Originally Published: November 19, 2017 6 a.m.
Tom N. Cornsweet, Ph.D., died on Nov. 12, 2017, at his home in Prescott, Arizona, after a lengthy struggle with multiple illnesses.
Tom was an experimental psychologist with a specialty in how the visual system works and an inventor of ophthalmic instrumentation. He was an ardent scientist with an active mind right up to the end of his life, publishing his last textbook at the age of 88. As a professor at Yale, UC Berkeley and UC Irvine, he was committed not only to his field of research, but also to fostering the skill of clear and logical thinking in his students. And, sooner or later, everyone who met him became his student.
At the time of his death, he was working on another book, as well as a new theory of how we see color. Tom was also passionate about designing medical instruments that assessed for problems with our visual system and introduced many new ideas into the field of ophthalmic instrumentation that enable physicians to make earlier and better diagnoses.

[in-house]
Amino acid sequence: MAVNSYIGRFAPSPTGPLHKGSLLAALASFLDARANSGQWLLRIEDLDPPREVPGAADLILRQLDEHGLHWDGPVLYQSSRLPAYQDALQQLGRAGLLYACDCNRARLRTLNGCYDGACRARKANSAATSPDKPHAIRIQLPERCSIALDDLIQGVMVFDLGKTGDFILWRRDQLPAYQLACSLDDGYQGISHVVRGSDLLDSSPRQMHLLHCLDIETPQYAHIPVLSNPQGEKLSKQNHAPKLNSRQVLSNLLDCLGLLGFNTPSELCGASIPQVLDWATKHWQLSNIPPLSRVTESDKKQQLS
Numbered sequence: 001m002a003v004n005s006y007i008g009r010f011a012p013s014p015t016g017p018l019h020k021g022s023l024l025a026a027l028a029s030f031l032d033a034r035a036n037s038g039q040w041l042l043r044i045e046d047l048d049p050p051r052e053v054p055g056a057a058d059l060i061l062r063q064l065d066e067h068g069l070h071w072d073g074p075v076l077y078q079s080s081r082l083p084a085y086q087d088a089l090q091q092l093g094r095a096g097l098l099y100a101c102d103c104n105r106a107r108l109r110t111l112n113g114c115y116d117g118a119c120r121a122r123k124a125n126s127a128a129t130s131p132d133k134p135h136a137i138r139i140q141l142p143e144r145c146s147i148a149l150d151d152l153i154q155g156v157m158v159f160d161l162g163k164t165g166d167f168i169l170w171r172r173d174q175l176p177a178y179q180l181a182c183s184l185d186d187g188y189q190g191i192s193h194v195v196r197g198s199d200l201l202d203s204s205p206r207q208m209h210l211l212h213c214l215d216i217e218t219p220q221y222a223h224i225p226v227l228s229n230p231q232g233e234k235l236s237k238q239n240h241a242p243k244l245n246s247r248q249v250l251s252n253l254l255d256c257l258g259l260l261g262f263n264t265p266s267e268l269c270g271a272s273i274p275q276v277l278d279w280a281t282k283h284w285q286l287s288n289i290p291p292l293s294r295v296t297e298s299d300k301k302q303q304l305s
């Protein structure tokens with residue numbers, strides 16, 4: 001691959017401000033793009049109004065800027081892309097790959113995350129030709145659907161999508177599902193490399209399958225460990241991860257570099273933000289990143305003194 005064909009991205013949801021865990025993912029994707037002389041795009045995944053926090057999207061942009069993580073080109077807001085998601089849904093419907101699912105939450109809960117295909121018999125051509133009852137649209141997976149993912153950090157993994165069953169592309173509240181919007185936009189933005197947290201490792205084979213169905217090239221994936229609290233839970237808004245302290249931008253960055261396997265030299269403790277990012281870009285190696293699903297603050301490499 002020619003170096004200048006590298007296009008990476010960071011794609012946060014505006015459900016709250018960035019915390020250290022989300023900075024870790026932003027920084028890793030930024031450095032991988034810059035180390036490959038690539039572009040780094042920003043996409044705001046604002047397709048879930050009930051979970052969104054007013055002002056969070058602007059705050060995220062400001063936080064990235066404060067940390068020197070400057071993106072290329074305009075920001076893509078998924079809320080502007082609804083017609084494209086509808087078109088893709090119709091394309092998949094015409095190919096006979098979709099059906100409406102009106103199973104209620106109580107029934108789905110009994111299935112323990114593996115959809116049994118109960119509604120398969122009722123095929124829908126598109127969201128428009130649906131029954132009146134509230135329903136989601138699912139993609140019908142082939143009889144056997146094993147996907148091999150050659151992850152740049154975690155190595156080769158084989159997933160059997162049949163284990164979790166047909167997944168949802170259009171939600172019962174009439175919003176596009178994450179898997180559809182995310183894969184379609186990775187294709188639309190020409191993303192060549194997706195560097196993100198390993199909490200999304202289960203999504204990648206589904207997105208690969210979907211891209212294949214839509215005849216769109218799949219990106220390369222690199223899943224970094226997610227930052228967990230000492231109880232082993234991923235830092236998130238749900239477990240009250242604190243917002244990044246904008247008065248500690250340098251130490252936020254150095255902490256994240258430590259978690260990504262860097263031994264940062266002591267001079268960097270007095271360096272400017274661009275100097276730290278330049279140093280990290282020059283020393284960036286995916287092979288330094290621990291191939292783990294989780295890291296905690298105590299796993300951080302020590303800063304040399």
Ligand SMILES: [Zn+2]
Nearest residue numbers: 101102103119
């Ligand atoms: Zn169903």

Tom is survived by his wife, Diane; his daughter, Carol Cornsweet Barber of Hamilton, New Zealand; and her children, Joseph and Lee Barber; his daughter, Sarah Cornsweet and her partner, Melissa Harris, of Ann Arbor, Michigan; his daughter, Kay Cornsweet Sutter and her family of Houston, Texas; his sister, Margery Cornsweet Chapman and her partner, Dr. Richard L. Rovit, of Rye, New York, her children and their families.
His daughter, Amy, and son-in-law, Manford Barber, preceded him in death.
A scientist through and through, Tom donated his body to Science Care. In lieu of flowers, donations to Hospice of the Pines of Dewey, Arizona, which was of great service to Tom at the end of his life, would be appreciated.
Information provided by survivors.